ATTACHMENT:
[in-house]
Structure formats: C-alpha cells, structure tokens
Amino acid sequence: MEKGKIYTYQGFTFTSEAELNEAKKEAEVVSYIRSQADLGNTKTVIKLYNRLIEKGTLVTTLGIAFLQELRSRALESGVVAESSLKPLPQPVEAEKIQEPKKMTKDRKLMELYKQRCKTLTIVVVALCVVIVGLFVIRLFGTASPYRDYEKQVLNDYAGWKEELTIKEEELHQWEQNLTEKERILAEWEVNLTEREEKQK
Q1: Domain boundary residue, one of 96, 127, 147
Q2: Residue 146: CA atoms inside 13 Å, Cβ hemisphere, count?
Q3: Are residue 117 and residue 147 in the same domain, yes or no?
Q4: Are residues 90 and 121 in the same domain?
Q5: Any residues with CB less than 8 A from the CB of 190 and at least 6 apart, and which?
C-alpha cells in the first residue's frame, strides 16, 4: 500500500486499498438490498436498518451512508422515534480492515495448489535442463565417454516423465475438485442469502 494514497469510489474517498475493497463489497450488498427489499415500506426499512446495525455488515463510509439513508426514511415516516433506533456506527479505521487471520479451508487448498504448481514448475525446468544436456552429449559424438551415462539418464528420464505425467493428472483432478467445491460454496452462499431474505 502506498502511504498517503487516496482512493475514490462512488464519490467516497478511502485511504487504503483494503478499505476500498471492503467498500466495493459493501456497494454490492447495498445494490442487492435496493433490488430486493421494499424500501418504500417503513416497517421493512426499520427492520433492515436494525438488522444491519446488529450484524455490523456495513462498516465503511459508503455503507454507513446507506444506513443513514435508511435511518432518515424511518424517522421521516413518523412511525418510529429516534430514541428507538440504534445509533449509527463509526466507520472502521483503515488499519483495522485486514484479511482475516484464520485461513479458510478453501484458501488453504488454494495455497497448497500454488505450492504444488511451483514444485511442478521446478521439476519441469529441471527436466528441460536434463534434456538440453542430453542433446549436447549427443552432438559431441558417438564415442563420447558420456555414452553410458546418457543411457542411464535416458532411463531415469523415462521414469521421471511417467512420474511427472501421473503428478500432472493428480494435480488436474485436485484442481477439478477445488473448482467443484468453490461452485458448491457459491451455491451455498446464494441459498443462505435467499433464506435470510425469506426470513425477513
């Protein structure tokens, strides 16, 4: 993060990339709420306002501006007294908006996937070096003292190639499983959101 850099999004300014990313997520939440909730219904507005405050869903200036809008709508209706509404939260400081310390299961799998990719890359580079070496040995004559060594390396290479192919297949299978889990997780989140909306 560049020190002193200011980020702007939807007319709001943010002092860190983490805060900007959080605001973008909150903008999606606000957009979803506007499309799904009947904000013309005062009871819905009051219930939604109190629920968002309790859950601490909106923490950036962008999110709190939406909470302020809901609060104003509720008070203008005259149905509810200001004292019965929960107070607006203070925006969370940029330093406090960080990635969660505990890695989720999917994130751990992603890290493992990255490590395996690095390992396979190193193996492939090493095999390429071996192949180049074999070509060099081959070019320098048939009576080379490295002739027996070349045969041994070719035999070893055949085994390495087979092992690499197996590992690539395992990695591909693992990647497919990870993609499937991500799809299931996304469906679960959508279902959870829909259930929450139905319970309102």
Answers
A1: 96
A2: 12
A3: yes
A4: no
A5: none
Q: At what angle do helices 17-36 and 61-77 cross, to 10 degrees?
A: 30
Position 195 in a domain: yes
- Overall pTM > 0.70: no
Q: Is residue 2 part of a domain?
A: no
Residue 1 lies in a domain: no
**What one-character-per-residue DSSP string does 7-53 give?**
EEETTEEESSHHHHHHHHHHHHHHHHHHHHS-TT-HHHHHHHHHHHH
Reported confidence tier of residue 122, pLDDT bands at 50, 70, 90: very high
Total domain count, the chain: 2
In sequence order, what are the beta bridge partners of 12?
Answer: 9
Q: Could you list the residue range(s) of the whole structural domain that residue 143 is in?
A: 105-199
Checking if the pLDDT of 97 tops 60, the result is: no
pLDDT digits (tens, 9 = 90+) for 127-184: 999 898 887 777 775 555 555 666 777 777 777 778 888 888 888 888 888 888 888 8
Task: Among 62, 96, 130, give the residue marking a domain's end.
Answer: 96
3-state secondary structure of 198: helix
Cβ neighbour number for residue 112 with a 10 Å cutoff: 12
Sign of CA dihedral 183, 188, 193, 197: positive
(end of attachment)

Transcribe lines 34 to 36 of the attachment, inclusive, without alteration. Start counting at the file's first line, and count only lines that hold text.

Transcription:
Task: Among 62, 96, 130, give the residue marking a domain's end.
Answer: 96
3-state secondary structure of 198: helix